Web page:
The law on breastfeeding in public and how someone feeding a child can be protected
You have the right to breastfeed or bottle feed a child in public until a child is 24 months old under specific Scottish law, the Breastfeeding etc. (Scotland) Act 2005.
In addition you cannot be discriminated against for breastfeeding a child in public under the Equality Act 2010 sections 17 and 18 up to the child being 26 weeks old. Up to this age, under this UK law someone would be discriminating against you on the grounds of your pregnancy and maternity.
After the child is older than 24 months anyone trying to stop you breastfeeding in public could be accused of sex discrimination under the Equality Act 2010.
On this page you can find out what the law means in practice if someone tries to stop you breastfeeding.
The right to breastfeed in Scotland
When you are in charge of a child of under 24 months you have the right to breastfeed your child in a public place or on licensed premises (for example on a bus, in a restaurant or in a cinema), as long as the child is lawfully permitted to be in that place.
The Breastfeeding etc. (Scotland) Act 2005 gives you this right and also the right to bottle feed.
You are stopped from feeding a child in public
If someone deliberately prevents or stops you from feeding a child under two they are committing a criminal offence. If you are asked to move to another part of the premises, or leave the premises completely this is also an offence. Anyone trying to stop you breastfeeding can be prosecuted and, if found guilty, ordered to pay a fine.
If you want to report the matter to the police, you may find it helpful to collect information to support your complaint, for example, the name of anyone who witnessed the incident and what they saw and heard happening.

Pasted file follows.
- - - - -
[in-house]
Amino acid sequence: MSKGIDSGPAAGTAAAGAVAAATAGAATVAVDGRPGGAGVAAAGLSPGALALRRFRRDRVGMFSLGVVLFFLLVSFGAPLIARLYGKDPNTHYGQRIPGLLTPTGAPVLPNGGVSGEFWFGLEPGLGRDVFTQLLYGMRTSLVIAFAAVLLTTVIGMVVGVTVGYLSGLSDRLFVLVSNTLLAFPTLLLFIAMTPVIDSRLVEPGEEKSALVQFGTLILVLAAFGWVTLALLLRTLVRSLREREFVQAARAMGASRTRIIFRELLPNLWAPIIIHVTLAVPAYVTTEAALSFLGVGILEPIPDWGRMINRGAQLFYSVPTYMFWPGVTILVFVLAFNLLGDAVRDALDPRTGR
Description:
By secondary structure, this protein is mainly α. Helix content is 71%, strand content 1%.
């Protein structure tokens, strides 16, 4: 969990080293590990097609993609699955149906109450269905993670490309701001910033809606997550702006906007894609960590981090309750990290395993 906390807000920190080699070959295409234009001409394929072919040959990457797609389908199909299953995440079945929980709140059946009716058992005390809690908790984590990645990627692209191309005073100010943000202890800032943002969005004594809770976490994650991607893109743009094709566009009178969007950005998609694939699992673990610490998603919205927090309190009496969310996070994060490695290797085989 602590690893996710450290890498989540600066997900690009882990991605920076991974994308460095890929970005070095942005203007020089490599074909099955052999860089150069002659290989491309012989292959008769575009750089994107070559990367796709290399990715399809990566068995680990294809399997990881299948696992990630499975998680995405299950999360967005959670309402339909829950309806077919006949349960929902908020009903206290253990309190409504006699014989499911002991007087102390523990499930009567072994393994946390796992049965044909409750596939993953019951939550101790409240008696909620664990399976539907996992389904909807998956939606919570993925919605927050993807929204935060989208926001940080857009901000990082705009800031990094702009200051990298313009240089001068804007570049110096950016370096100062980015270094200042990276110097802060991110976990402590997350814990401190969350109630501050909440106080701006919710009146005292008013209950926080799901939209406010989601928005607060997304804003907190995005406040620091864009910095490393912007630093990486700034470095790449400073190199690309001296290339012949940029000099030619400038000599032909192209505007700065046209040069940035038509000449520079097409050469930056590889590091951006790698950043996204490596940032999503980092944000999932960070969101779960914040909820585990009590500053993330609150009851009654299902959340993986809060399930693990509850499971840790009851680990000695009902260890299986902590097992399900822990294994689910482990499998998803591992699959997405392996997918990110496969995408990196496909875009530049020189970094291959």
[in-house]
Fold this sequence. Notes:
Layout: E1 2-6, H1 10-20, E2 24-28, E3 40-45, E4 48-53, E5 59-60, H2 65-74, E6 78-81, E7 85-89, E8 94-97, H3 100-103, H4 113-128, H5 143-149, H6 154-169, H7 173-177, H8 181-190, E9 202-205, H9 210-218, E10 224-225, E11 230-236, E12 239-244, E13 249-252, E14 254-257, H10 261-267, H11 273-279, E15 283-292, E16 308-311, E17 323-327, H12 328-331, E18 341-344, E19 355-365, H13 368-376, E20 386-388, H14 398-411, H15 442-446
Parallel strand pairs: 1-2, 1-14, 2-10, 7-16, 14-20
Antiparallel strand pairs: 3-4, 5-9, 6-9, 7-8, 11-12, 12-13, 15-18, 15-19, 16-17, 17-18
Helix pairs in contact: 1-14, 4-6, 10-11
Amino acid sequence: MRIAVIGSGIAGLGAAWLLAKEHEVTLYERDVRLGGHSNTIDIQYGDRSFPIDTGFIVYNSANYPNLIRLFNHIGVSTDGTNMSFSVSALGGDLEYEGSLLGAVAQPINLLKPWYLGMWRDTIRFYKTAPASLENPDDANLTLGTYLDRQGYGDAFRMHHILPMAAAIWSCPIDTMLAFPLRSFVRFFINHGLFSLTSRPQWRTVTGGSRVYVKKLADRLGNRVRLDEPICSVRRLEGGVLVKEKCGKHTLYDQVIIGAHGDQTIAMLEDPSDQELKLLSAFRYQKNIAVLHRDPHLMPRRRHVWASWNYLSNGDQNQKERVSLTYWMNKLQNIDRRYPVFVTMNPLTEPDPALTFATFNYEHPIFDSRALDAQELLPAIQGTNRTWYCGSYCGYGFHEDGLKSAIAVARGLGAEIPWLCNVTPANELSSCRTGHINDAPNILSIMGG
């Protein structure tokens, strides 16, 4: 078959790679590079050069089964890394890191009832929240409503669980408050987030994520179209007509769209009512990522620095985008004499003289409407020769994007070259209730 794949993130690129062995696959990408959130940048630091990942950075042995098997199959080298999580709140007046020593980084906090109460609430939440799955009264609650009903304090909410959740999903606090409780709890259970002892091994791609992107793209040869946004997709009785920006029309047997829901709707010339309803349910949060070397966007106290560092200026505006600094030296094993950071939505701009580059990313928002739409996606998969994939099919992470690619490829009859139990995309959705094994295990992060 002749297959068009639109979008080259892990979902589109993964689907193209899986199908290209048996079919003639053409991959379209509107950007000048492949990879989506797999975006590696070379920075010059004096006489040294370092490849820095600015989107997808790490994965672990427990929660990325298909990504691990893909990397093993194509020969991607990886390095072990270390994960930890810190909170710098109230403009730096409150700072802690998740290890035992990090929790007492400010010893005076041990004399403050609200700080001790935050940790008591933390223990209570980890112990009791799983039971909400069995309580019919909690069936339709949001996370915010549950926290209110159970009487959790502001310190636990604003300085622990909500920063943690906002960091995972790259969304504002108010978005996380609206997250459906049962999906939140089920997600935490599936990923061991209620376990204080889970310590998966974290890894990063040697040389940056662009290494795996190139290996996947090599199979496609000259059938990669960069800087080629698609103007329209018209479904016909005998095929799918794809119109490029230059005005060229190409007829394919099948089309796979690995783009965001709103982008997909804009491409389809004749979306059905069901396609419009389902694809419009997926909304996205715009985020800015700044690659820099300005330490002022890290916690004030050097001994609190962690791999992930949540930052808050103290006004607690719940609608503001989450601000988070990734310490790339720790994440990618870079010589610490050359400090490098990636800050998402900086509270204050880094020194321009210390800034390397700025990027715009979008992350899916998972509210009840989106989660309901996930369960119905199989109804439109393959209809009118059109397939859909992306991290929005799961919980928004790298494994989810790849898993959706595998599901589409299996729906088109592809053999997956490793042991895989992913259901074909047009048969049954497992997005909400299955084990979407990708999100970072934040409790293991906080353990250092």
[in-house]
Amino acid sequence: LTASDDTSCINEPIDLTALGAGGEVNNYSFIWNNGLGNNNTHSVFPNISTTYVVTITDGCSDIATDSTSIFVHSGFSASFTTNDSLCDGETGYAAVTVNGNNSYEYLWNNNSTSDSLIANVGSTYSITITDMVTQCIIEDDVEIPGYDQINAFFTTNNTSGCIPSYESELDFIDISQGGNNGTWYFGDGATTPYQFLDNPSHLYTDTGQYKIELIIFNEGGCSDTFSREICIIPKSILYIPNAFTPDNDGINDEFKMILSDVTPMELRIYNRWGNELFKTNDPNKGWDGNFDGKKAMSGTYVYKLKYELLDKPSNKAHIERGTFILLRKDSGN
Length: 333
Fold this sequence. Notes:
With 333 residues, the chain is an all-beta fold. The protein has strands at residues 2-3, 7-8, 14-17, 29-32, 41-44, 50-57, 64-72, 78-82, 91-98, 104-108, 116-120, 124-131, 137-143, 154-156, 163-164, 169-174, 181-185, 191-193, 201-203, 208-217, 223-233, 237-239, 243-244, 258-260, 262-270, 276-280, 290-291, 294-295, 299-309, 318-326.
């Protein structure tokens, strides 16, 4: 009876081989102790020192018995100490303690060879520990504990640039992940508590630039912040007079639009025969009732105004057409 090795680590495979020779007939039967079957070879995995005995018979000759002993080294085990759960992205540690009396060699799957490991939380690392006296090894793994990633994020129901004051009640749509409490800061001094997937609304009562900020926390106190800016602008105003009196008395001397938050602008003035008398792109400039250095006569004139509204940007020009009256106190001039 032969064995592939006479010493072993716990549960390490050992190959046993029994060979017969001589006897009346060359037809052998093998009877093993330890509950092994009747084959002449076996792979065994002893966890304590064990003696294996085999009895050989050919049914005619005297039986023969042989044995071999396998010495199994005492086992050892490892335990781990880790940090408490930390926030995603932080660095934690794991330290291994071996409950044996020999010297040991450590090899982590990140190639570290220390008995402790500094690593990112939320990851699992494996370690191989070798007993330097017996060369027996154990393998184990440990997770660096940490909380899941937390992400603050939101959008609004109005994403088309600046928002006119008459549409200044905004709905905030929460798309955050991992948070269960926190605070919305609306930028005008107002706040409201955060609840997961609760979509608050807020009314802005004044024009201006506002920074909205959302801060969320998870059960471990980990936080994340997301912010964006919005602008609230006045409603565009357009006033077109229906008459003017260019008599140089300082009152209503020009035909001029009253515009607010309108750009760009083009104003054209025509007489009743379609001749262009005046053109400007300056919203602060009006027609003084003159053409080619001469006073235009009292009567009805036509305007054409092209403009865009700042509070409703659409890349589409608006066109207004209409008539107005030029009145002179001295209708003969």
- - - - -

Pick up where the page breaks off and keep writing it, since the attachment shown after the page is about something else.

You can also complain to the manager of any premises that you are permitted to be in when you are breastfeeding if someone tries to stop you.
Depending what happened you may want to consider taking action against someone because they have been harassing you. Find out more about what you can do about harassment.
You want to prevent or stop someone feeding a child in public
If you want to try to stop or prevent someone feeding a child in public because you don't think it is something that should be done in public, you should check:
- what age the child is
- what right the child has to be in the place.
If the child is under 24 months old and is lawfully entitled to be in the place, you will be committing an offence if you try to prevent someone feeding the child. You may also be creating the opportunity for the woman who is breastfeeding to take civil legal action against you for discrimination relating to her status of pregnancy and maternity if the child is 26 weeks old or less.
If the child is older than two years old there isn’t any legal protection for the mother to be allowed to breast feed but, if you try to prevent her feeding the child, a court may agree that you are discriminating against the mother and child unreasonably. Under the Equality Act 2010 the mother or other carer is protected from discrimination on the grounds of maternity and pregnancy for 26 weeks after the birth but a court may agree that even after 26 weeks this is sex discrimination. Find out more about sex discrimination.
Responsibilities of managers of places where a child is entitled to be fed
In places where a person is entitled to breast feed or bottle feed a child the manager or employer is responsible for telling their staff about this right. (Section 3 of the Breastfeeding etc. (Scotland) Act 2005). If a member of staff unlawfully stops or prevents feeding taking place, the employer could be prosecuted, even if they were unaware of the incident at the time.
The right not to be discriminated against for breastfeeding
A woman has the right not to be discriminated against (Section 17 and 18 of the Equality Act 2010) for breastfeeding both at work and in public within the first 26 weeks of the baby's life. This is because women are protected from discrimination or unfavourable treatment on the basis of having become mothers. After the child is 26 weeks old someone trying to stop you feeding your baby could be accused of sex discrimination. Find out more about discrimination and protected characteristics.
A woman who has just had a baby also has rights at work relating to health and safety issues and about not being treated unfavourably. More about discrimination at work.